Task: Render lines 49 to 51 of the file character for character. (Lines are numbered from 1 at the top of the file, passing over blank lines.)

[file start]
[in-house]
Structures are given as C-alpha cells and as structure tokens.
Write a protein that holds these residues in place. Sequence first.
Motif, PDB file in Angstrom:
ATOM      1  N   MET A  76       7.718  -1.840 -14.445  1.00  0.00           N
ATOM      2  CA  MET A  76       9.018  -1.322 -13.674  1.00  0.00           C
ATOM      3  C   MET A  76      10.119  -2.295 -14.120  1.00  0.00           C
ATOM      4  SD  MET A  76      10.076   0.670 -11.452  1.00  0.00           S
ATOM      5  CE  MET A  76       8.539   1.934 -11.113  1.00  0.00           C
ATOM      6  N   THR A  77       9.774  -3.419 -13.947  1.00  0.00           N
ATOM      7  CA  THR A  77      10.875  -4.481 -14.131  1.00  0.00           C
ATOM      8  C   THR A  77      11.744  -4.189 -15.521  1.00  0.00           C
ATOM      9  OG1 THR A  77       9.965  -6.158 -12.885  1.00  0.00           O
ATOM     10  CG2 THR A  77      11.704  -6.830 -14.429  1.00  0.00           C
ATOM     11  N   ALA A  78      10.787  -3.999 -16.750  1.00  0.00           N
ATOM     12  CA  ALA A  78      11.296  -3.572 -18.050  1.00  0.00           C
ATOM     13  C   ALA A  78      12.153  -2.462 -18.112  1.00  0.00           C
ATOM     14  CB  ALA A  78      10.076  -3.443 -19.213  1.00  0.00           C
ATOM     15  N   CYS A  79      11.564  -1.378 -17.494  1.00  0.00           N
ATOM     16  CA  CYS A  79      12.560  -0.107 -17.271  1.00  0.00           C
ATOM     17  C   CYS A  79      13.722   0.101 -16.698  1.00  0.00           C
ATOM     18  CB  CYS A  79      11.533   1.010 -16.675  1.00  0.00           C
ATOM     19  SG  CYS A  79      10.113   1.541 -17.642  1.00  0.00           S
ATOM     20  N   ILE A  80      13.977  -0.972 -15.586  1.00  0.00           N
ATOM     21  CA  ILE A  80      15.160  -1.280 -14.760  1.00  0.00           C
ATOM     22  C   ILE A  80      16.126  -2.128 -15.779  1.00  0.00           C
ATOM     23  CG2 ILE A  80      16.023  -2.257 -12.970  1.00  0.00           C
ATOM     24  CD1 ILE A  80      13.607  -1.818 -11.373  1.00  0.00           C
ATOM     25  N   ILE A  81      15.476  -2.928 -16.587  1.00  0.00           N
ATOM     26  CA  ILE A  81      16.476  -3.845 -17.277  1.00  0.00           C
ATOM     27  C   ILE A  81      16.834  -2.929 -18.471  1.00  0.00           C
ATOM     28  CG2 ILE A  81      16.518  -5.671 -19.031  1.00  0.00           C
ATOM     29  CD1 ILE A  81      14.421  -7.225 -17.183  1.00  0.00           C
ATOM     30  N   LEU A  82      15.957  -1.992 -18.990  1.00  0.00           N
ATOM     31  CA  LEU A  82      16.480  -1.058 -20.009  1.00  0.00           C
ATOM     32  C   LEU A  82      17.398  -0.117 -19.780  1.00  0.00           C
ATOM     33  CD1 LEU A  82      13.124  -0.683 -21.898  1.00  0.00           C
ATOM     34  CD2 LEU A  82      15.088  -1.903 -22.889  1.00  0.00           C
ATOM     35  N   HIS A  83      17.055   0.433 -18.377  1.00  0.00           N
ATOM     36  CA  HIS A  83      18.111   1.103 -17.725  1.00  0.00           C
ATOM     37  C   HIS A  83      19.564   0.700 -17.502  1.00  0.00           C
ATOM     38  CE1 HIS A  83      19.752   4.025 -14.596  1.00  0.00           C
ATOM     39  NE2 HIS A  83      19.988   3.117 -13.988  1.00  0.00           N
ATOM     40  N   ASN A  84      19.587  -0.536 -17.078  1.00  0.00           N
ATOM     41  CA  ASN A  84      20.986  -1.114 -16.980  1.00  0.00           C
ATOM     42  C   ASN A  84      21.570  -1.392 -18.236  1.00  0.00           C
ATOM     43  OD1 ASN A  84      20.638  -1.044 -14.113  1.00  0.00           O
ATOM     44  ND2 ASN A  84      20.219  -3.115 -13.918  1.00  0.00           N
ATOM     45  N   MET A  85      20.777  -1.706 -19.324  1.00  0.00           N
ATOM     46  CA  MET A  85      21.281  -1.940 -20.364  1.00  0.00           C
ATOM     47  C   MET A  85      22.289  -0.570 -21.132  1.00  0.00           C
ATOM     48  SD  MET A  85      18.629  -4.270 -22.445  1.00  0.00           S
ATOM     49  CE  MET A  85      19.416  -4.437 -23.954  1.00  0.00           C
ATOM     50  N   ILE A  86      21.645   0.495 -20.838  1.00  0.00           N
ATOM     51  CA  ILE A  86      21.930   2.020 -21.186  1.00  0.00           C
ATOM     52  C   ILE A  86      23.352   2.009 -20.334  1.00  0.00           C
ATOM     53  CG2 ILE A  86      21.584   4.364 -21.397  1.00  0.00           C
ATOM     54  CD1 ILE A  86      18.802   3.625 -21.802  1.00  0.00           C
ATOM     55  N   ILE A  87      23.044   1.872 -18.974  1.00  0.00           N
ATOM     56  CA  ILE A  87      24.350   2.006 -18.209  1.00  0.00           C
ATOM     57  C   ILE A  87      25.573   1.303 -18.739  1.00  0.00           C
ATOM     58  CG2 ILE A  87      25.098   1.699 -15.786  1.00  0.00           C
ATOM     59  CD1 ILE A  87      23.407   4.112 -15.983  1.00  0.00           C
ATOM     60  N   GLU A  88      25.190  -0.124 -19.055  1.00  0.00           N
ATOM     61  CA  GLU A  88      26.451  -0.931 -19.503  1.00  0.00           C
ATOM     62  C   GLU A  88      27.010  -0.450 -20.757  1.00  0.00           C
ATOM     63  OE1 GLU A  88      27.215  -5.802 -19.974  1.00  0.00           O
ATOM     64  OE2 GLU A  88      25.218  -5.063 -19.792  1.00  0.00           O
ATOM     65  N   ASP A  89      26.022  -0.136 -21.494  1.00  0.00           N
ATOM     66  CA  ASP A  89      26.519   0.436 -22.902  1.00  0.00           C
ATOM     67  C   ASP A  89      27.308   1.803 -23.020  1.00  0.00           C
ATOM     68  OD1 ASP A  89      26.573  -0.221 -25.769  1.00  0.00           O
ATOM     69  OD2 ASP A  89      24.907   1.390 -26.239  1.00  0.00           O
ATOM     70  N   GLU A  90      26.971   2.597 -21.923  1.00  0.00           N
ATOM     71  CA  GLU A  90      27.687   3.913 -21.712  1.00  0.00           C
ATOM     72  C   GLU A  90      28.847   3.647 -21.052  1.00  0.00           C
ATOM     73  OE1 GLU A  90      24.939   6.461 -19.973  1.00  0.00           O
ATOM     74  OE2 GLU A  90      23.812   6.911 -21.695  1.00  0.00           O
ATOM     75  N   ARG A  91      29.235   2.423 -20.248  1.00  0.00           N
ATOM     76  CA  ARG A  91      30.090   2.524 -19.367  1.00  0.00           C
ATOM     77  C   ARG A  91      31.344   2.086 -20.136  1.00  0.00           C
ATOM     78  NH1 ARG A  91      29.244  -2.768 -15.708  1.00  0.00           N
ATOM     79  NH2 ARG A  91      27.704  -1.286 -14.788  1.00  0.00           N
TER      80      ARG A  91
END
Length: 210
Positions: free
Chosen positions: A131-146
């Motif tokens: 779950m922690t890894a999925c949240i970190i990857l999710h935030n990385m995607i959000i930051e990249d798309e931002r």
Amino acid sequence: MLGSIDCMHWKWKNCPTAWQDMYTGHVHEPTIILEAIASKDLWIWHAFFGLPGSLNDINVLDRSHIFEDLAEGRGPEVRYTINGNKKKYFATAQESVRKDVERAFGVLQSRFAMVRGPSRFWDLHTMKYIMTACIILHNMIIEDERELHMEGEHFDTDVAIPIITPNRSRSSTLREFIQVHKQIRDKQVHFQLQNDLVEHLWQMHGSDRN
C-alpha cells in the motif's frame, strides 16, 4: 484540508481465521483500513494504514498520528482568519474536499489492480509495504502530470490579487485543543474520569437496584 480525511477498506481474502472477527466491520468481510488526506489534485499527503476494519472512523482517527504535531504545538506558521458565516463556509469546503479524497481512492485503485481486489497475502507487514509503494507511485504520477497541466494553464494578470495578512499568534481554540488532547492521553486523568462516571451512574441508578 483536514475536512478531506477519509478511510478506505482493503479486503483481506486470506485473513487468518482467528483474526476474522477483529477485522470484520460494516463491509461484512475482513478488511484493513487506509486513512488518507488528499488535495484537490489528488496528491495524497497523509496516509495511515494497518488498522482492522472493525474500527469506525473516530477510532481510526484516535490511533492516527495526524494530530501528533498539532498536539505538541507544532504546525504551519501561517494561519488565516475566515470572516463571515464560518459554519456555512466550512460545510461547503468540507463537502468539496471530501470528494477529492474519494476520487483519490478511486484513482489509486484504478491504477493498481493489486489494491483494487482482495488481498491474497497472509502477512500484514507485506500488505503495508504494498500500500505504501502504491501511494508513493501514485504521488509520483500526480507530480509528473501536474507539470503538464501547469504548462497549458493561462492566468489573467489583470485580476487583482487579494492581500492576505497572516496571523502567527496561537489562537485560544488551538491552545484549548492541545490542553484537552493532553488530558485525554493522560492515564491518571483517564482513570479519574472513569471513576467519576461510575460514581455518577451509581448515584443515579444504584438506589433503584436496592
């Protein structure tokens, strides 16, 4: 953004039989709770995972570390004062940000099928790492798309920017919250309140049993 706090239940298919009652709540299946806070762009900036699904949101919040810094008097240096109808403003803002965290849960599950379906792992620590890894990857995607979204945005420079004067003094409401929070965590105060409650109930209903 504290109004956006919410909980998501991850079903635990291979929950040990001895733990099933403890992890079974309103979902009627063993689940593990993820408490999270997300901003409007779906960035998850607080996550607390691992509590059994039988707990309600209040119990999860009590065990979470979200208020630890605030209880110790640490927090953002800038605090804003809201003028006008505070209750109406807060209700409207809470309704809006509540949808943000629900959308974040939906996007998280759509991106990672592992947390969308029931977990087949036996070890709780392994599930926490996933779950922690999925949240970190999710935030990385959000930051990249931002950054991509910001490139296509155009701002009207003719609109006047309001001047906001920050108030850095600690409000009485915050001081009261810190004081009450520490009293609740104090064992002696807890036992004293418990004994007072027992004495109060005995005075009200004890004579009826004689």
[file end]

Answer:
ATOM     45  N   MET A  85      20.777  -1.706 -19.324  1.00  0.00           N
ATOM     46  CA  MET A  85      21.281  -1.940 -20.364  1.00  0.00           C
ATOM     47  C   MET A  85      22.289  -0.570 -21.132  1.00  0.00           C